The complaint sounds convincing until you consider Haslett's past. For three years in Buffalo he and Smerlas cohosted the popular Fric and Frac Show on Monday nights on a local radio station, often insulting upcoming opponents and once drinking on the air. The show's end came after Haslett's next to last season with the Bills, in 1984, when Buffalo struggled to a 2-14 record. After enduring a succession of salty callers, at least one of the two cohosts—each blames the other—pressed buttons and issued obscene two-word rebukes until the phone lines were cleared.
"We lived like the guys in North Dallas Forty" Smerlas says. "We would fight anybody, anytime. But I can't go into the wild, wild stuff, because he's married with kids now, and I wouldn't want to embarrass him." Haslett was married back then, too, to his first wife, Julie.
As hard as he partied, Haslett had a strict work ethic. He grew up near Pittsburgh in Avalon, where his father, Ira, was a high school custodian. After walking on at Indiana (Pa.) University, Haslett scrapped his way to the NFL, and he was determined to make the most of his talent. "A lot of times we'd drink until 2 or 3 a.m.," Haslett recalls, "and then we'd go straight to the facility to watch film and work out. At least that's what I did. Freddie just slept."
The pivotal moment in Haslett's career came in 1986, when he broke his leg during a Bills preseason game against the Chicago Bears. Writhing in pain, he began contemplating his future. "Our coach, Hank Bullough, came out to check on me, and I asked him, 'If I can't play again, will you give me a coaching job?' " says Haslett. "From that point on I started to pay attention to what the coaches did."
The injury led to another important change in Haslett's life. While watching that Bills-Bears game on television with members of her family, a Buffalo hotel catering manager named Beth Wood blurted out, "That Jim Haslett is so obnoxious, I hope he breaks his leg." Two plays later he did. After hearing the story from teammate John Kidd—who had met the remorseful Wood at her hotel, where the Bills stayed the nights before games—Haslett called her and jokingly accused her of being a witch. They agreed to meet at a local establishment called Libation Station, and it was love at first beer. Beth and Jim married in 1989, two years after his retirement from the NFL. Meanwhile, having been offered assistant coaching jobs with the Bills, Colts and San Diego Chargers, Haslett instead had taken an assistant's position at the University of Buffalo so, he says, "I could see if coaching was even something I wanted to do."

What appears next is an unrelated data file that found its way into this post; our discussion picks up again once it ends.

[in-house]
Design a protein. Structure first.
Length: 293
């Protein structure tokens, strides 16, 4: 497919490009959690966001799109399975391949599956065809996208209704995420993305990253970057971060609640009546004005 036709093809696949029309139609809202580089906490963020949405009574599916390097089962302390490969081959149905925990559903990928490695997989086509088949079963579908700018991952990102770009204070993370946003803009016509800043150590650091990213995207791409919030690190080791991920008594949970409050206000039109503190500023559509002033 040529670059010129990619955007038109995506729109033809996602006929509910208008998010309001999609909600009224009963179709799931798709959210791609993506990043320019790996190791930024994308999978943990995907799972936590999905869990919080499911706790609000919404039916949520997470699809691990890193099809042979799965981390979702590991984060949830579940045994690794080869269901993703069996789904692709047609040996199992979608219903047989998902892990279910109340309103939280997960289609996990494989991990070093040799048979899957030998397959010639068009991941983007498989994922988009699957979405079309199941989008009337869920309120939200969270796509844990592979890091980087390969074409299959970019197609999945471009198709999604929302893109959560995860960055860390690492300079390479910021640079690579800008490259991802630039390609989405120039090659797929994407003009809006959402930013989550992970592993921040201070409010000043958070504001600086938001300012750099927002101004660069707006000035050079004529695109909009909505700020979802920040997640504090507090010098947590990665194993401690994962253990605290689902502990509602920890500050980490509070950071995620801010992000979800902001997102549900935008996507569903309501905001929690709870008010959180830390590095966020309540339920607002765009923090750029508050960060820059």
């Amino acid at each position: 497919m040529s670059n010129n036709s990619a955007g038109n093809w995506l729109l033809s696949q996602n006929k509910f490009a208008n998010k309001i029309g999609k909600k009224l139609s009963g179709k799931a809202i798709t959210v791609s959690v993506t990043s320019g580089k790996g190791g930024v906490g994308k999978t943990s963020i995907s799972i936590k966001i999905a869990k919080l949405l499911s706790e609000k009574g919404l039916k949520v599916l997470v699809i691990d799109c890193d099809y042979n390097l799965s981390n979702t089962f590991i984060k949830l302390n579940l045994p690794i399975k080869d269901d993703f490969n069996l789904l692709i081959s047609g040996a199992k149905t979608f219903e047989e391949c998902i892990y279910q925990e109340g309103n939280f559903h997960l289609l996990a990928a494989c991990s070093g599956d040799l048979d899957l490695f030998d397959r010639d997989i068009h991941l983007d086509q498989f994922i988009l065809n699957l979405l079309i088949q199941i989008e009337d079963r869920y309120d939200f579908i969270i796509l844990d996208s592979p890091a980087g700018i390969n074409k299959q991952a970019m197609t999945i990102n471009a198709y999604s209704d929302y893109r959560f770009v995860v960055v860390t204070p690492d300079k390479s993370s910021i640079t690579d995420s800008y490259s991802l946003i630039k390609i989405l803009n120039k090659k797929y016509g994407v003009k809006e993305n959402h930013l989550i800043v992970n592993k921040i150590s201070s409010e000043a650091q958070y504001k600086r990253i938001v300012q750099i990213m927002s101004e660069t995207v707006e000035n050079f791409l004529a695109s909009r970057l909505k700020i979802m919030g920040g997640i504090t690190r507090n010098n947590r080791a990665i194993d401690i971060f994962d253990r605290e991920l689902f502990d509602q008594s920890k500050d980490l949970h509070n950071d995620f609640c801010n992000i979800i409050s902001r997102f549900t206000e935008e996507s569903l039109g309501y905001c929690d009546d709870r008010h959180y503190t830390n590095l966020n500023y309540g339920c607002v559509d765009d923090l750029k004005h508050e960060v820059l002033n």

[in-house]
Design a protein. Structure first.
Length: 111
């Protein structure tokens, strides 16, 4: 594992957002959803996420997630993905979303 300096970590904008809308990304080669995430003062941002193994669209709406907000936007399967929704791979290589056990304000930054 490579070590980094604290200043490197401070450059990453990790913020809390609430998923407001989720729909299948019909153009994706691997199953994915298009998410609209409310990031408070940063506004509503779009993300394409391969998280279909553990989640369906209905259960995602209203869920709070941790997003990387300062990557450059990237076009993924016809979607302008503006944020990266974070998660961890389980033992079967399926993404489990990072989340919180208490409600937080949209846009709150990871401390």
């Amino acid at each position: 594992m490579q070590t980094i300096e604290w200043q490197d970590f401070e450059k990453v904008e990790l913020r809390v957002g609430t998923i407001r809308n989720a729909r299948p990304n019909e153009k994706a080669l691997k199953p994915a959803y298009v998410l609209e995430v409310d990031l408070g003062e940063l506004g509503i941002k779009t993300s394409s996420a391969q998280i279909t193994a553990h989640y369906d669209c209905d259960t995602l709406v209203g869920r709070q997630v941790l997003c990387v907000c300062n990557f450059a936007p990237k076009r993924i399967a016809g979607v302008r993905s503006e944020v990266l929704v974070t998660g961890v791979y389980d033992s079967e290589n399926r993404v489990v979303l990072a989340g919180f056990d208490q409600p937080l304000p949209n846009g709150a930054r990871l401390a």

Haslett kept following his gut. When Kay Stephenson, one of his former coaches with the Bills, took a job with the World League's Sacramento Surge in January 1991, Haslett headed west to serve as the Surge's defensive coordinator—only days after the birth of his and Beth's first child, a daughter named Kelsey, who remained in Buffalo with Beth for several months. Two years later Haslett went to work as linebackers coach for the Raiders' Davis, whom he reveres, though Haslett admits that he "used to mess with the guy. They would bring him breakfast wrapped in cellophane, and I'd eat half of it when no one was looking."
Haslett's star rose through stints as an assistant with the Saints and the Steelers. He's a tireless worker who typically sleeps no more than four hours a night. He maps out daily schedules two months in advance and charts the calories he burns during workouts. "When we go on vacation," Beth says, "we don't do the beach thing, because it's way too relaxing for him."
While he grows into his role as a head coach, Haslett struggles to control his temper and his tongue. New Orleans players laugh at their coach's meandering pep talks, and he sometimes regrets his public candor. Following the Saints' victory over the Rams on Oct. 28, Haslett told reporters that in his halftime address to his players he had decried St. Louis's reliance on "bull-crap plays," and he seemed to mock a few trick plays the Rams had pulled off. By NFL coaching standards the quotes were the equivalent of an invective-laced rant in a rappers' feud, but Haslett called Rams coach Mike Martz to clarify his intent. "What I was trying to say is that if I had those players, I'd do that stuff too," Haslett says.
Sitting at his kitchen table as he recounts the conversation, Haslett looks like a man who wishes he could still go out on the field and kick some butt. "We did a lot of wild things when I was in the league," he says, "but we worked hard, and we played our asses off." He starts to raise his voice, but Chase and Libby hardly notice because they're so engrossed in a cartoon show on the family-room TV.
Only one member of the household offers his rapt attention, and it does not go unrewarded. As Haslett launches into another anecdote, he grabs a slice of ham and lofts it over the table. Hasbro catches the meat on the fly and devours it in a single bite.